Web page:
But look for “moonwalking bears”. Critically question what’s going on: the requirements, the constraints. Are they valid, or should they be taken lightly with a big bag of salt? What is the underlying reason for that requirement? Why am I working around these icons or images, this navigation and how “fixed” are they really?

Get examples


Competitor audits, case studies, patterns, best practice and other trusted sources.

Competitor sites, books, design patterns, existing software. Google images, not just interfaces  (e.g. type “my products” when you’re looking for an innovative product overview page)

Though you don’t have to re-invent the wheel, you don’t want to copy bad behaviour either. Be vigilant of blindly applying convention, take advice with a grain of salt. Be critical but trust the instinct of others.

Research it

Or rather: find research about it.

“Research is a tool, not a methodology. Research is more about filling in the gaps in the designer’s knowledge than an activity to be done for its own sake.”

Proven best practice, proven results (clear before/after changes)

  • User research. Do users have behaviours, motivations, expectations that make this decision a bad choice?
  • Is it culturally appropriate? For example Yahoo! China

Every design issue can raise questions: is this the best design? Every design is different, just like every designer will come with his own solution. At times, research resources (used with vigilance, see research validity checklist) may come in handy and give that extra convincing power (“One research study shows that…”) or buy-in.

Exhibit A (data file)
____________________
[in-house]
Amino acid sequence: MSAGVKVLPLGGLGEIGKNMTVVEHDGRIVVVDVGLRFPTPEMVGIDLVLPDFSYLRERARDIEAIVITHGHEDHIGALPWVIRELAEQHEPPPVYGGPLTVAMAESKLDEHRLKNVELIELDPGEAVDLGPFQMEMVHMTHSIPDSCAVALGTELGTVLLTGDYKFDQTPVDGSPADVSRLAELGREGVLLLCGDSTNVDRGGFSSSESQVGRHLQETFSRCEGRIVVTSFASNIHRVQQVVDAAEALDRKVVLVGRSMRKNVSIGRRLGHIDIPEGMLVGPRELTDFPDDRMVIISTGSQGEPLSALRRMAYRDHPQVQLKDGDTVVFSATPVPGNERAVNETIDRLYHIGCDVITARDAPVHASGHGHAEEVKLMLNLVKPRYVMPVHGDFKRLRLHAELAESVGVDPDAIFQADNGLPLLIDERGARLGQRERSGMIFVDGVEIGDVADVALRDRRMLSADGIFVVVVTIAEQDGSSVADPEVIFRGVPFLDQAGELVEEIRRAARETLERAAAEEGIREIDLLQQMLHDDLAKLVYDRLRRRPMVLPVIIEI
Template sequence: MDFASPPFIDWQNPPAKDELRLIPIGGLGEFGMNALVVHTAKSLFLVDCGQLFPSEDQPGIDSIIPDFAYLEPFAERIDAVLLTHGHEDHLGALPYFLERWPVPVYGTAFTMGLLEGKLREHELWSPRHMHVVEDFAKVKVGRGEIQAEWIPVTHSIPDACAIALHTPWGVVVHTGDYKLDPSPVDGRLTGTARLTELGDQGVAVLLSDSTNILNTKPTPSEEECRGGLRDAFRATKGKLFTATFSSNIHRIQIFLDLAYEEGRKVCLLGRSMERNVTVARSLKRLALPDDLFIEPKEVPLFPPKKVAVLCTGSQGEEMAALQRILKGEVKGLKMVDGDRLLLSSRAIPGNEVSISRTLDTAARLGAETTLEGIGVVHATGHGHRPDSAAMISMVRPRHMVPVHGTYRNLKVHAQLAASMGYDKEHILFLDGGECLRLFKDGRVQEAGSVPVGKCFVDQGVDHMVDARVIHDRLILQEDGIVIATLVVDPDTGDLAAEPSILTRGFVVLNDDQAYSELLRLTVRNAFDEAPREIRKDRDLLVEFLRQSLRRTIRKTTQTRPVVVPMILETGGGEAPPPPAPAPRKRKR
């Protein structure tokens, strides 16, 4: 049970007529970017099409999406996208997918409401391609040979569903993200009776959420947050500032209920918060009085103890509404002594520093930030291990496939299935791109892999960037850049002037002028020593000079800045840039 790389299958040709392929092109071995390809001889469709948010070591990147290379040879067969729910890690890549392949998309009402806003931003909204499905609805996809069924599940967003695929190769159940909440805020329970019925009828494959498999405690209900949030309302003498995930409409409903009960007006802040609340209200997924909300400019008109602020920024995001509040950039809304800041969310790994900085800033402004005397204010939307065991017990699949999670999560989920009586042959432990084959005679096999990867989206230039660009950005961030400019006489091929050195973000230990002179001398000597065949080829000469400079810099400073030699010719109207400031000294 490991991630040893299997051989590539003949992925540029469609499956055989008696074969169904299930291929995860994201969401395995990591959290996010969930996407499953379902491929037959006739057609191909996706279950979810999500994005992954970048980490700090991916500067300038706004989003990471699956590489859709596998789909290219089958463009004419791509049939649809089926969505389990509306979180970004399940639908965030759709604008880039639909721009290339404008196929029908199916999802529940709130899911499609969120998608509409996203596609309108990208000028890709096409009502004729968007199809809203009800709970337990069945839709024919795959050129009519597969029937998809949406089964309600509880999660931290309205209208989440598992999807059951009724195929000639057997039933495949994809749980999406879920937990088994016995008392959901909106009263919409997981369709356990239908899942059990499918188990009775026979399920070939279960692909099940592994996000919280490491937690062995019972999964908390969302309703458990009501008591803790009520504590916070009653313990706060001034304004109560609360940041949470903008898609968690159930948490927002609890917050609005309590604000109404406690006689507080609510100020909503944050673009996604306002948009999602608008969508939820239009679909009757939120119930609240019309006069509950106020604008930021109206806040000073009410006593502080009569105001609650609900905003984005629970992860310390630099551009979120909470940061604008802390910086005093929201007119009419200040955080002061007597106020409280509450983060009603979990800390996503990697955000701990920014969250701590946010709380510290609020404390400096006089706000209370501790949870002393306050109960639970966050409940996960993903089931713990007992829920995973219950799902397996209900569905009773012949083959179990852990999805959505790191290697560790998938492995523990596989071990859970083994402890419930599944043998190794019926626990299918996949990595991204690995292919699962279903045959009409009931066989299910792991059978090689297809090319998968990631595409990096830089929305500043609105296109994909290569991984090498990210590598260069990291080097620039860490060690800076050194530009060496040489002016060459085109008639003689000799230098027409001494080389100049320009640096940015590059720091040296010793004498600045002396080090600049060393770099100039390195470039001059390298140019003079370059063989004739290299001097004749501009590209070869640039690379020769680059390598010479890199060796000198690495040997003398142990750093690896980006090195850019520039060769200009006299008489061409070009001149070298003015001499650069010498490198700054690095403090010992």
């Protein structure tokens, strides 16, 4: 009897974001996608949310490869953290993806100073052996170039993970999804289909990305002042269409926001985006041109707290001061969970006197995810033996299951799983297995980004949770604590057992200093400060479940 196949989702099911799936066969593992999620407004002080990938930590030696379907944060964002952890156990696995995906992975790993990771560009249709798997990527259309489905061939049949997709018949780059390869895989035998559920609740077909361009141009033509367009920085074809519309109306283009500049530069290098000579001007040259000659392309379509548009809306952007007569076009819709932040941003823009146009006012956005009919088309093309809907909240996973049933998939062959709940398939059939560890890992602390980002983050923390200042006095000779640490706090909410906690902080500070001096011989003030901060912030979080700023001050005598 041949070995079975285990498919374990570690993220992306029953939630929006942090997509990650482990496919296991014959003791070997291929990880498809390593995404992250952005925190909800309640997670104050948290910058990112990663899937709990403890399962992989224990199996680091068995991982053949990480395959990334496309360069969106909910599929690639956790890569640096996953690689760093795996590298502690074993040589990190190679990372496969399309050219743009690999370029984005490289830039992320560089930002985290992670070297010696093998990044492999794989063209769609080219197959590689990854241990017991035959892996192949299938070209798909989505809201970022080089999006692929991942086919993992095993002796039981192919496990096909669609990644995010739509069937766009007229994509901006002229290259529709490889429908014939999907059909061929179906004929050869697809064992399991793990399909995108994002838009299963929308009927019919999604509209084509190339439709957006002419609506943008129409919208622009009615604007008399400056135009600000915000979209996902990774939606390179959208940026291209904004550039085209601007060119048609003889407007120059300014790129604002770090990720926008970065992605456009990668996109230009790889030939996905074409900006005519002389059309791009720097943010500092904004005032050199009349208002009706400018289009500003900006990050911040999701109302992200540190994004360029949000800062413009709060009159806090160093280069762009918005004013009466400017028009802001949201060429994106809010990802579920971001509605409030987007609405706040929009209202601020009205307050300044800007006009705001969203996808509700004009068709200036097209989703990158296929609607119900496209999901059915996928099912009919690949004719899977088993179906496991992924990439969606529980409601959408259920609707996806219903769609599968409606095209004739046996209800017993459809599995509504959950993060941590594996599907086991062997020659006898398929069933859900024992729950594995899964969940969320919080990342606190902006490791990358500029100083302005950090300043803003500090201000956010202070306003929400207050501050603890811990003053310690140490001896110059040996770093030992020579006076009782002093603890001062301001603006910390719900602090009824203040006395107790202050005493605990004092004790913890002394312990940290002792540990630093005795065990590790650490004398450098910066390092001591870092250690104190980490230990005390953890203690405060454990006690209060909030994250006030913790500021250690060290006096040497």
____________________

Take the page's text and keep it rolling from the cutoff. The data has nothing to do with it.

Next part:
The bad news

Even with user research, we might still be guessing here.

The good news

Intuition is the most powerful tool and often the most effective. Especially when choosing which UCD method or research technique to apply be creative. Even Jared Spool (SXSWi 2009) questions sticking to one method, it is more effective to set up a constant feedback loop with your user-informants or allies/collaborators (= those in close contact with users ).  Even analytics and data may give us a distorted vision on things. The button with the

Discuss it

Talk about it. Think a solution out loud, be abstract or concrete. Find it on a usability/web design forum. Ask people what they think of it, like the forums on

A collective (subjective) gut feeling is better than an objective one, but you know the context better.

The bad news

Time: It takes time to find or describe your post.
Cost: Most forums are free.
Overall rating: Talk about what you’re trying to achieve and where you’re struggling with anyone. They come often with questions you are blind for.

Google it

Chances are somebody has crossed the same question you are having. The great thing about doing a Google search is that it will be a combination of what you´re looking for, while inspiring you with closely related.  (lateral thinking)

How to improve your searching skills

  • Master Google (book), know the Google tricks (Google search engine page, search wiki blog 4 it)
  • Exploit the power of other search engines.

Test it

(usability testing or A/B testing, etc.)

Measure it

Data from web analytics (Google Analytics etc) > learn how to read and use these metrics to prove your points!

Overall neccesities

  • Flow!